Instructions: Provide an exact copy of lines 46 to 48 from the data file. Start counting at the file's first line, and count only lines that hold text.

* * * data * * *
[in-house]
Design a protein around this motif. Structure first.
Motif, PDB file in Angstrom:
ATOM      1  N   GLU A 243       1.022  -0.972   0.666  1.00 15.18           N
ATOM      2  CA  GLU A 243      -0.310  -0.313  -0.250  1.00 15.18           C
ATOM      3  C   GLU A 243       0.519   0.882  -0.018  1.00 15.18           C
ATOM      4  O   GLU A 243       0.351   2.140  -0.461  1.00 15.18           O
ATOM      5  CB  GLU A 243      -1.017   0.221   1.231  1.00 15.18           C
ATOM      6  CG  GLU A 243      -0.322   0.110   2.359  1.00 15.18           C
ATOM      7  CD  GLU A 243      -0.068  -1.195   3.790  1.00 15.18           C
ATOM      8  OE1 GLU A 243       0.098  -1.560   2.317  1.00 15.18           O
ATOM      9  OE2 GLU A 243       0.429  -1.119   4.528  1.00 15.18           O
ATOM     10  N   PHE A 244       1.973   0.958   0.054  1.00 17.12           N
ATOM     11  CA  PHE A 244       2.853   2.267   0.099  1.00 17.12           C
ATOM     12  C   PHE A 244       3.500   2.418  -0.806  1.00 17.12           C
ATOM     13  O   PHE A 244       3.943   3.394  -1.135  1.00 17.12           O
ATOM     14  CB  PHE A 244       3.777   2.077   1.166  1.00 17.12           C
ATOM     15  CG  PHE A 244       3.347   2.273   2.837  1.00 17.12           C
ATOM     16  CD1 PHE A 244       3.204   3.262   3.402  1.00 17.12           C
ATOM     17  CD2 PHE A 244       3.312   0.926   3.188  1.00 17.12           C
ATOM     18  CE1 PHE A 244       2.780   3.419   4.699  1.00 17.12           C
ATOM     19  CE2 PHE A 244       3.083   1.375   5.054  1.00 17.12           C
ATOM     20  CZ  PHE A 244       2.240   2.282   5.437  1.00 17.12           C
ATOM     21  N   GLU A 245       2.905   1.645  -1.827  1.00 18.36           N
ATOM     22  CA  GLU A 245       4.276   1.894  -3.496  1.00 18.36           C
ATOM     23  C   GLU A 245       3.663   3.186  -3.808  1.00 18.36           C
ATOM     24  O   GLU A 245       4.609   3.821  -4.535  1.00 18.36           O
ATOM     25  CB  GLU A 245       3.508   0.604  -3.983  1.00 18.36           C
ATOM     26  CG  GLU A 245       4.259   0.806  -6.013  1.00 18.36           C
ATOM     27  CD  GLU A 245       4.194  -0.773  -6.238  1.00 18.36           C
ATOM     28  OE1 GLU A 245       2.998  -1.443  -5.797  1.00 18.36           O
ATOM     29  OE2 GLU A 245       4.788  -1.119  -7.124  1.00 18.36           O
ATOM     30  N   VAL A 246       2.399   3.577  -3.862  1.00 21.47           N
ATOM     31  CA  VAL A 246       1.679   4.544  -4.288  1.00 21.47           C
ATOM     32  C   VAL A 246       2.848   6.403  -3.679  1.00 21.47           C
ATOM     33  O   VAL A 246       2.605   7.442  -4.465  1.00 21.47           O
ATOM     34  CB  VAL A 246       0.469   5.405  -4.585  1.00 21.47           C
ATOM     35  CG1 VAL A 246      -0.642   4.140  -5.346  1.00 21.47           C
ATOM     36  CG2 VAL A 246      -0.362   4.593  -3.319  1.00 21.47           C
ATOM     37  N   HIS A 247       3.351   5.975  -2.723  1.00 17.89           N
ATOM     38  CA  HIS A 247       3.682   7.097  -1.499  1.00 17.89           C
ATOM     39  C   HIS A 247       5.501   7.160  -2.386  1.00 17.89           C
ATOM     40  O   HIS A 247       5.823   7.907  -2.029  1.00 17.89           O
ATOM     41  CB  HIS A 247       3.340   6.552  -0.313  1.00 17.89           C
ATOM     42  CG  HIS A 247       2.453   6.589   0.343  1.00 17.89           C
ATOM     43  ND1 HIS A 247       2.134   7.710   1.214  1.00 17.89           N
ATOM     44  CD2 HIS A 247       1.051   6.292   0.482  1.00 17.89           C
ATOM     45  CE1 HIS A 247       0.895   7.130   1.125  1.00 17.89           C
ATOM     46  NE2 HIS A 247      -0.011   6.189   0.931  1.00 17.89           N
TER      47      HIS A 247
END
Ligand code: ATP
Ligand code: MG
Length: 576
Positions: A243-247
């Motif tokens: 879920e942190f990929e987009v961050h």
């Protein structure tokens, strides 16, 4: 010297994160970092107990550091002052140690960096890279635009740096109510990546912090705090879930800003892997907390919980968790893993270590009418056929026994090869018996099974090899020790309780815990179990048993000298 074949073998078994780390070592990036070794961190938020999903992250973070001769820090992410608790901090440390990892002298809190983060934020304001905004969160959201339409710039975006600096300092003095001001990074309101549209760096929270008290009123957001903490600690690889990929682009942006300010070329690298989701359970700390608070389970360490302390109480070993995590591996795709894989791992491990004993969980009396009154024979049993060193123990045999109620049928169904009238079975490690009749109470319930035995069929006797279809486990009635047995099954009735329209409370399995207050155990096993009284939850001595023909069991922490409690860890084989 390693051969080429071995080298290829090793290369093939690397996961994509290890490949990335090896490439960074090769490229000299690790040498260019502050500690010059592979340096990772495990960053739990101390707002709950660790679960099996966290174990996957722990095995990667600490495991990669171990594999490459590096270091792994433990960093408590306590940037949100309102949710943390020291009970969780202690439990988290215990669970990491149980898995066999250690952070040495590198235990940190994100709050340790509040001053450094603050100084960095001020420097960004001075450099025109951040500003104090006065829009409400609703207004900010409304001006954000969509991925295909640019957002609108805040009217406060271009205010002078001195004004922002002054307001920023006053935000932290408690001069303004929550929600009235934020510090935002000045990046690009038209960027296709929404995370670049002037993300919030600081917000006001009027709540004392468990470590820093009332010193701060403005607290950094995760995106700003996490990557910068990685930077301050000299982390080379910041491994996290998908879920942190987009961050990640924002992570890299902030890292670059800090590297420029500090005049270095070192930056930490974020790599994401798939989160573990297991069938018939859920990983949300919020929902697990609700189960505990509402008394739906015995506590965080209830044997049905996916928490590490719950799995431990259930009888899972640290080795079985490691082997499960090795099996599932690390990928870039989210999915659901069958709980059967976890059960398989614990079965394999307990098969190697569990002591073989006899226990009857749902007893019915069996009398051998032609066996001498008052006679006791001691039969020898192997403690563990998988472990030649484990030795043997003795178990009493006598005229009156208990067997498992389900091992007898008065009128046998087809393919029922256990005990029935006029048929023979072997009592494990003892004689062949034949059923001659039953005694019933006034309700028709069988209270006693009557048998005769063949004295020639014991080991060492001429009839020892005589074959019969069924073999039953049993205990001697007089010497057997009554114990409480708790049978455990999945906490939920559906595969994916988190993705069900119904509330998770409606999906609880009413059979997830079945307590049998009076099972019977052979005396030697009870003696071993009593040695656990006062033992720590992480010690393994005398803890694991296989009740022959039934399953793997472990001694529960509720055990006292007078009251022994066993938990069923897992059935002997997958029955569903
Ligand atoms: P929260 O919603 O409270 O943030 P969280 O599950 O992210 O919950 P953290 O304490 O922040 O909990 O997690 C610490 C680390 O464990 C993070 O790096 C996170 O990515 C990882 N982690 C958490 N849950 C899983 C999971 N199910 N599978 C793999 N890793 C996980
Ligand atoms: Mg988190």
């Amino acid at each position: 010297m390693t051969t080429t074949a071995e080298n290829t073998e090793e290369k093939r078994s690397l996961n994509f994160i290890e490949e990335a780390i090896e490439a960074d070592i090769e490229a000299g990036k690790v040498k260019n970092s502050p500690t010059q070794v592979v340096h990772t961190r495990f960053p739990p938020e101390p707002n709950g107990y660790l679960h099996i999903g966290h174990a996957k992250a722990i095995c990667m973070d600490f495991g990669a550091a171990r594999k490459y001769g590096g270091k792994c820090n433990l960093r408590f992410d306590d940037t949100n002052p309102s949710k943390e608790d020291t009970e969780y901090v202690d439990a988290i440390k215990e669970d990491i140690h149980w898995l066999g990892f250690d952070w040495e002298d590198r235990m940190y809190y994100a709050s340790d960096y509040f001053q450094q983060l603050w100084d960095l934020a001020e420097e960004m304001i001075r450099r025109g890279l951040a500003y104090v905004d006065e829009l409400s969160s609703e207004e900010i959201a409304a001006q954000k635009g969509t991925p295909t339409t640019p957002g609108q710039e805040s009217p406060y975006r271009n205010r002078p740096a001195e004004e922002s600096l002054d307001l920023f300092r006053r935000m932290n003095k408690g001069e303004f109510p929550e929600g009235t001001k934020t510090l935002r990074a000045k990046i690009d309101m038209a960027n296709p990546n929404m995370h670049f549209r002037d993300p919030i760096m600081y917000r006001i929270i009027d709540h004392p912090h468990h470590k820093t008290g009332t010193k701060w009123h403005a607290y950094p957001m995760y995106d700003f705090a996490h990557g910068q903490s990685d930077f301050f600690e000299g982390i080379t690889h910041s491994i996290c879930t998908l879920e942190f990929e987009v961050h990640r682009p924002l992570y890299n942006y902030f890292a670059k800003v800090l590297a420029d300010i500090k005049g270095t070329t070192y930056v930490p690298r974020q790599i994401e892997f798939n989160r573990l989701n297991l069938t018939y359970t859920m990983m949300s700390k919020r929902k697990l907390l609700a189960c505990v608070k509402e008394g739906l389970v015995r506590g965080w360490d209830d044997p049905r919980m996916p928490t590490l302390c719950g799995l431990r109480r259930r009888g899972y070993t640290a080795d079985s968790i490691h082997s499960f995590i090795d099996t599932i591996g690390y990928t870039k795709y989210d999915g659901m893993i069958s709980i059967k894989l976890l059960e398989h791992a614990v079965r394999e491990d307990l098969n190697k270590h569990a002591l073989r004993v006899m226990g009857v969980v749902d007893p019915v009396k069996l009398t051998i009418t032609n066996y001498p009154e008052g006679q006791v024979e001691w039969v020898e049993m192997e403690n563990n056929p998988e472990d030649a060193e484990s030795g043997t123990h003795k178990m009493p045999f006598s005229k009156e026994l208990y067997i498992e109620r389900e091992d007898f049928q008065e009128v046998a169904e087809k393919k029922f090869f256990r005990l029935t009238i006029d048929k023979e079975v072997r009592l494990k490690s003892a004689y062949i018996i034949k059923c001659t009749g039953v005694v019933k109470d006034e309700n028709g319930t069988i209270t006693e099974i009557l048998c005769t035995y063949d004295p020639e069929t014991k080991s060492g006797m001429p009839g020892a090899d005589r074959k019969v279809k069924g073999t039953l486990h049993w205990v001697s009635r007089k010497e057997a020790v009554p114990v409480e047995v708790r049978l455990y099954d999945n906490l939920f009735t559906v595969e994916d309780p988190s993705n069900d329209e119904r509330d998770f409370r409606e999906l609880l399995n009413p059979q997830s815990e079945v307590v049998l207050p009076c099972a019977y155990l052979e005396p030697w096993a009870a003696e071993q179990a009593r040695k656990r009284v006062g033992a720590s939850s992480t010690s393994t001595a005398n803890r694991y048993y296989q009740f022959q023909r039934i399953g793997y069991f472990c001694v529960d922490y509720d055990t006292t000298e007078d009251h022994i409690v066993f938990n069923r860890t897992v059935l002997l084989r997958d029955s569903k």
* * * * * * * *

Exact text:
ATOM     43  ND1 HIS A 247       2.134   7.710   1.214  1.00 17.89           N
ATOM     44  CD2 HIS A 247       1.051   6.292   0.482  1.00 17.89           C
ATOM     45  CE1 HIS A 247       0.895   7.130   1.125  1.00 17.89           C